https://kernelnewbies.org/Ext4 makes it pretty clear EXT4 is the way to go. There are reasons not to that it doesn't mention. One is that 64bit feature became default over two years ago, long before that page's last update. Some older tools and drivers don't support 64bit, among which Grub Legacy for those still wedded to its simplicity compared to Grub2, and/or its superior Gfxboot implementation. Debian's Grub Legacy (and all Debian derivations, such as Linuxmint and *buntu) doesn't support EXT4 at all. If your favorite or only available rescue media is older it could fail you when you need it most.
 
1 members found this post helpful.
Old 09-16-2018, 03:46 PM   #7
turboscrew
Member
 
Registered: Apr 2009
Location: Nokia (town), Finland
Distribution: Mint, Debian, Puppy (Racy), Slackware
Posts: 580

Original Poster
Rep: Reputation: 46
I'm mostly using Debian and Mint... and all my machines use MBR...

Last edited by turboscrew; 09-16-2018 at 03:48 PM.
 
Old 09-16-2018, 04:15 PM   #8
Habitual
LQ Veteran
 
Registered: Jan 2011
Location: Yawnstown, Ohio
Distribution: High Sierra
Posts: 9,222
Blog Entries: 37

Rep: Reputation: Disabled
I suggest gpt, grub2, and ext4
 
1 members found this post helpful.
Old 09-16-2018, 04:44 PM   #9
wpeckham
Senior Member
 
Registered: Apr 2010
Location: Continental USA
Distribution: Debian, Ubuntu, Fedora, RedHat, DSL, Puppy, CentOS, Knoppix, Mint-DE, Sparky, Vsido, tinycore, Q4OS
Posts: 2,705

Rep: Reputation: 1103Reputation: 1103Reputation: 1103Reputation: 1103Reputation: 1103Reputation: 1103Reputation: 1103Reputation: 1103Reputation: 1103
Unless you have a special/specific use case that recommends something else, stick with EXT4.
 
1 members found this post helpful.
Old 09-16-2018, 08:26 PM   #10
frankbell
LQ Guru
 
Registered: Jan 2006
Location: Virginia, USA
Distribution: Slackware, Debian, Mageia, and whatever VMs I happen to be playing with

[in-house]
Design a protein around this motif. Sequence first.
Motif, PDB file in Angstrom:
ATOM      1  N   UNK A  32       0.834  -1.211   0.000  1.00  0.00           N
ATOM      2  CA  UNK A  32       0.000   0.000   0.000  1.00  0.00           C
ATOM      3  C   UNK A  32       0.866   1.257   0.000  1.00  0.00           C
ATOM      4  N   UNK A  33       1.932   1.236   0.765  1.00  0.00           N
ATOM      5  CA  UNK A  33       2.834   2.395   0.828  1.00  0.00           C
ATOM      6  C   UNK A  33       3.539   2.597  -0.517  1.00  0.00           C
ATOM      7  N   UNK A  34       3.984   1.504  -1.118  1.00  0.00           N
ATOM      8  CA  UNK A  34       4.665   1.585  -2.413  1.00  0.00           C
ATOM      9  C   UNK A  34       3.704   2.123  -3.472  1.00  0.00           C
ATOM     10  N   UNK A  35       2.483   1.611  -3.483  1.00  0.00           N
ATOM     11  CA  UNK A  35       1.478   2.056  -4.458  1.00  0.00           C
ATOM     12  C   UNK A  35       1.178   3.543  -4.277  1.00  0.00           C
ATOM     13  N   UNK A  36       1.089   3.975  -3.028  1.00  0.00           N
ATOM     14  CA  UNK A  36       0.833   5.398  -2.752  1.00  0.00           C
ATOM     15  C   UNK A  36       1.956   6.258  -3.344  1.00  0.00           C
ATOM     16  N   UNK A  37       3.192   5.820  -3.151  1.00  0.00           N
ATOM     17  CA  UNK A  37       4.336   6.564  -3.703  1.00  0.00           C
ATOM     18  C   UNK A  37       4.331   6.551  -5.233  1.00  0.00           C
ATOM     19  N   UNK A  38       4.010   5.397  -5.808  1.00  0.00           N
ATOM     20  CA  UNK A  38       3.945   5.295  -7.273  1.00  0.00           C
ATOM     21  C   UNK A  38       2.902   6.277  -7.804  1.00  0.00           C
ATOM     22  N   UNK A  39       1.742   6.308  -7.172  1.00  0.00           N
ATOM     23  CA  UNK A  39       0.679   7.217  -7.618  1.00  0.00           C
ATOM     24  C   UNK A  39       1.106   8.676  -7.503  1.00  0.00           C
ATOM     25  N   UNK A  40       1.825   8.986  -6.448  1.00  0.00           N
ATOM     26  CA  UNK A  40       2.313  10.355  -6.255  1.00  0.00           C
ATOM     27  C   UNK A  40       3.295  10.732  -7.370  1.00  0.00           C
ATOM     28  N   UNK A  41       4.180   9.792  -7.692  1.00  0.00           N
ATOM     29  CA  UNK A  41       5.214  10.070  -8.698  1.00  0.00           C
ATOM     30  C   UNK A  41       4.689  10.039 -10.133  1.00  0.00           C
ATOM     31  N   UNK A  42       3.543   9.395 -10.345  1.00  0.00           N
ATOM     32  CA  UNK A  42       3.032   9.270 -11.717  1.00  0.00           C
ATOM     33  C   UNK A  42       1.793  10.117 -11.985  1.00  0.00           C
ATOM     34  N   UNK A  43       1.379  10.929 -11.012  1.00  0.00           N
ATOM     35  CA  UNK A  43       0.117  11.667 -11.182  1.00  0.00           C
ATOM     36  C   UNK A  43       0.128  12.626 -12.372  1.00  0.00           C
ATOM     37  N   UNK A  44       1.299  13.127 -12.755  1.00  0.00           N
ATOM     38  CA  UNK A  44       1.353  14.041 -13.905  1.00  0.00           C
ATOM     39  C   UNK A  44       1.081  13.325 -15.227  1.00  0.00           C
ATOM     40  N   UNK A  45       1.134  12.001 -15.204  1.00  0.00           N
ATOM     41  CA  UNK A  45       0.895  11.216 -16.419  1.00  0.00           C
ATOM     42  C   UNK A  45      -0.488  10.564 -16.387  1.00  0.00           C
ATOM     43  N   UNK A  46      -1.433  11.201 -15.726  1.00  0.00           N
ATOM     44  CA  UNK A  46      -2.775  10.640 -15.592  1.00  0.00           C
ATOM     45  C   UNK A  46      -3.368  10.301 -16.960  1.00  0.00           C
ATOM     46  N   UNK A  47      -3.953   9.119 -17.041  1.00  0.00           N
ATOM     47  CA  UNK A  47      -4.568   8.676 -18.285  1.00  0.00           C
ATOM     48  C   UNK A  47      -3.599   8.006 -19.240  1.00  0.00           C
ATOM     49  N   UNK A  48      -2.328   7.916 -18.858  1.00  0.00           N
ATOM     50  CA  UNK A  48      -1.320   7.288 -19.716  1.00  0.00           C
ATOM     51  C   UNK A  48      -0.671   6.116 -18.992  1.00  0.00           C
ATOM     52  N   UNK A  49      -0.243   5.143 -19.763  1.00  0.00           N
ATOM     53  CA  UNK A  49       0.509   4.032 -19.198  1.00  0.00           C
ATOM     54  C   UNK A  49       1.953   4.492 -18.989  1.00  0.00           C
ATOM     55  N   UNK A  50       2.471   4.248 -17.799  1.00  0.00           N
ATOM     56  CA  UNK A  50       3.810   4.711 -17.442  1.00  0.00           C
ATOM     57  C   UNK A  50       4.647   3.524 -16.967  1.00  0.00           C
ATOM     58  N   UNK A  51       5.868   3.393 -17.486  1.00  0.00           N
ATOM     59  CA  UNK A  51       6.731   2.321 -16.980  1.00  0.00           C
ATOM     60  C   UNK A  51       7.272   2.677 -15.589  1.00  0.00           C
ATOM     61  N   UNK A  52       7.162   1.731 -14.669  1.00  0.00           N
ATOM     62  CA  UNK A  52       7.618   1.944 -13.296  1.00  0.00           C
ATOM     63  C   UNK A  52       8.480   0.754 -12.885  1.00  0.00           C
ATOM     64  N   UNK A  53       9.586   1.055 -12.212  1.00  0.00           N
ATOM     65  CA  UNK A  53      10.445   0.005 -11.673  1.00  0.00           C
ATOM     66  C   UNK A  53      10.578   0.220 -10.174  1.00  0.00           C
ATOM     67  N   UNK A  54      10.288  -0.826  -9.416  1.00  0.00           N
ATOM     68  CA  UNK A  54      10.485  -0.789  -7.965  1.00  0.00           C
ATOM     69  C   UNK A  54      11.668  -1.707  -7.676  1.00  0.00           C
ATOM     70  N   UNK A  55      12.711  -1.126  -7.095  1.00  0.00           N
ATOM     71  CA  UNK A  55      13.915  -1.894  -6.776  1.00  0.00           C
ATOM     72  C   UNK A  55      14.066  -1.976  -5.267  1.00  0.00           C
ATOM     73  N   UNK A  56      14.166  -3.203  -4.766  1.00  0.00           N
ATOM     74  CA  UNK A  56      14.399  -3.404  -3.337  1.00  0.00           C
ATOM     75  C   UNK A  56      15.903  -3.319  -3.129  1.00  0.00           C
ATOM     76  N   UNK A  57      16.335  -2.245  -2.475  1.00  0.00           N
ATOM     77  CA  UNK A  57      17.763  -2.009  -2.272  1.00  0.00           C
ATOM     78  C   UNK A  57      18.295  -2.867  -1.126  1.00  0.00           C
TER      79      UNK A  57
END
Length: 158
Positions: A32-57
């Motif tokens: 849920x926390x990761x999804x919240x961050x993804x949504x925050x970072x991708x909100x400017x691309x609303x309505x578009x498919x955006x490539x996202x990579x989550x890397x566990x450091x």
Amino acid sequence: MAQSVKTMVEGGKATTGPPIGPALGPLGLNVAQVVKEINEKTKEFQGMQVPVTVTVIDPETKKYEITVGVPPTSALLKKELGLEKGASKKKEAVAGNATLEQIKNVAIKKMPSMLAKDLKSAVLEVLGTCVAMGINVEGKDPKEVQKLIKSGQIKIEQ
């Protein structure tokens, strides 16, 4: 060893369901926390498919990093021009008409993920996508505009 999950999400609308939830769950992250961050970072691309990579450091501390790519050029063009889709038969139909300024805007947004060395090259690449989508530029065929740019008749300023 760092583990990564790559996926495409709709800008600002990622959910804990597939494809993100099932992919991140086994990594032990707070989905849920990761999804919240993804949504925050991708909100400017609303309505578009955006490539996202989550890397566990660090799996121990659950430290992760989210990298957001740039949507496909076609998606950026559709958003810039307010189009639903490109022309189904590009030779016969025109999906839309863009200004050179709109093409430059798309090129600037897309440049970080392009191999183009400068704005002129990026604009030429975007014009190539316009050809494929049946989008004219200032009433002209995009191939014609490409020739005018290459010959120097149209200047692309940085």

Posts: 13,976
Blog Entries: 24

Rep: Reputation: 3754Reputation: 3754Reputation: 3754Reputation: 3754Reputation: 3754Reputation: 3754Reputation: 3754Reputation: 3754Reputation: 3754Reputation: 3754Reputation: 3754
A web search for "ext3 ext4 compared" will turn up some useful (and some useless) articles and opinions.

ext4 has matured over the years, so it would be wise to note the date of any article.

I agree with the others. Use ext4.
 
1 members found this post helpful.
Old 09-17-2018, 01:17 PM   #11
turboscrew
Member
 
Registered: Apr 2009
Location: Nokia (town), Finland
Distribution: Mint, Debian, Puppy (Racy), Slackware
Posts: 580

Original Poster
Rep: Reputation: 46
OK. From now on, ext4 it is.
Thank you all.
 
  


Reply


Thread Tools Search this Thread
Search this Thread:

Advanced Search

Posting Rules
You may not post new threads
You may not post replies
You may not post attachments
You may not edit your posts

BB code is On
Smilies are On
[IMG] code is On
HTML code is Off



Similar Threads
Thread Thread Starter Forum Replies Last Post
changing file system type to another filesystem type,does it effect on data? janakiramulu Ubuntu 1 02-04-2011 01:58 AM
mandriva dual boot filesystem type unknown,partition type 0x7 llearner Linux - Newbie 2 01-24-2010 02:03 PM
Filesystem type is ext2fs, partition type 0x83 TONYSUCCAR Linux - Enterprise 2 08-13-2009 02:20 AM
filesystem type unknown, partition type 0x7 crazyface_juicebox Linux - General 1 02-11-2007 11:50 PM
root (hd 0,0)Filesystem type unknown, partition type 0x7chainloader +1 ece30675 Linux - Distributions 5 07-20-2004 09:04 AM

LinuxQuestions.org > Forums > Linux Forums > Linux - General

All times are GMT -5. The time now is 08:11 AM.

Main Menu
Advertisement
My LQ
Write for LQ
LinuxQuestions.org is looking for people interested in writing Editorials, Articles, Reviews, and more. If you'd like to contribute content, let us know.
Main Menu
Syndicate
RSS1  Latest Threads
RSS1  LQ News
Twitter: @linuxquestions
Facebook: linuxquestions Google+: linuxquestions
Open Source Consulting | Domain Registration